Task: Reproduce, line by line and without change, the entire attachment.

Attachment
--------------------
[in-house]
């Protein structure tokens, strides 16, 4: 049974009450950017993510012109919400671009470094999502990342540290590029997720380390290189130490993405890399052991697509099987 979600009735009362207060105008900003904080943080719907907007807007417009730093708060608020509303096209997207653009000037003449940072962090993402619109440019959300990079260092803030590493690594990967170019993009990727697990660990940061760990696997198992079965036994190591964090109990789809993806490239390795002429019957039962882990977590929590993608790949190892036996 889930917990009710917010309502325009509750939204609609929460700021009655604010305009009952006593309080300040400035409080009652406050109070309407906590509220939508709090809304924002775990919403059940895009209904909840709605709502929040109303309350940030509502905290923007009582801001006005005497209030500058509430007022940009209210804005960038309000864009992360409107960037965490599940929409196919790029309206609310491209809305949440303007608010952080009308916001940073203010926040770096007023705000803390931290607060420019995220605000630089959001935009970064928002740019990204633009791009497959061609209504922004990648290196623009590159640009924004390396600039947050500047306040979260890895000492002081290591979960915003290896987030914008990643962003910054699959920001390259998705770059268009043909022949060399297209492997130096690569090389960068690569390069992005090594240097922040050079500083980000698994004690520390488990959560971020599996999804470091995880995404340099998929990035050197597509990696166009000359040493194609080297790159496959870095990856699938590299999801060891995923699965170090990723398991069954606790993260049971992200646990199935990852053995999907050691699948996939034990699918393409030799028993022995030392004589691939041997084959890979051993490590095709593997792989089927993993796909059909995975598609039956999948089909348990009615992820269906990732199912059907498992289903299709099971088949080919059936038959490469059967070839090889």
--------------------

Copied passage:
[in-house]
């Protein structure tokens, strides 16, 4: 049974009450950017993510012109919400671009470094999502990342540290590029997720380390290189130490993405890399052991697509099987 979600009735009362207060105008900003904080943080719907907007807007417009730093708060608020509303096209997207653009000037003449940072962090993402619109440019959300990079260092803030590493690594990967170019993009990727697990660990940061760990696997198992079965036994190591964090109990789809993806490239390795002429019957039962882990977590929590993608790949190892036996 889930917990009710917010309502325009509750939204609609929460700021009655604010305009009952006593309080300040400035409080009652406050109070309407906590509220939508709090809304924002775990919403059940895009209904909840709605709502929040109303309350940030509502905290923007009582801001006005005497209030500058509430007022940009209210804005960038309000864009992360409107960037965490599940929409196919790029309206609310491209809305949440303007608010952080009308916001940073203010926040770096007023705000803390931290607060420019995220605000630089959001935009970064928002740019990204633009791009497959061609209504922004990648290196623009590159640009924004390396600039947050500047306040979260890895000492002081290591979960915003290896987030914008990643962003910054699959920001390259998705770059268009043909022949060399297209492997130096690569090389960068690569390069992005090594240097922040050079500083980000698994004690520390488990959560971020599996999804470091995880995404340099998929990035050197597509990696166009000359040493194609080297790159496959870095990856699938590299999801060891995923699965170090990723398991069954606790993260049971992200646990199935990852053995999907050691699948996939034990699918393409030799028993022995030392004589691939041997084959890979051993490590095709593997792989089927993993796909059909995975598609039956999948089909348990009615992820269906990732199912059907498992289903299709099971088949080919059936038959490469059967070839090889």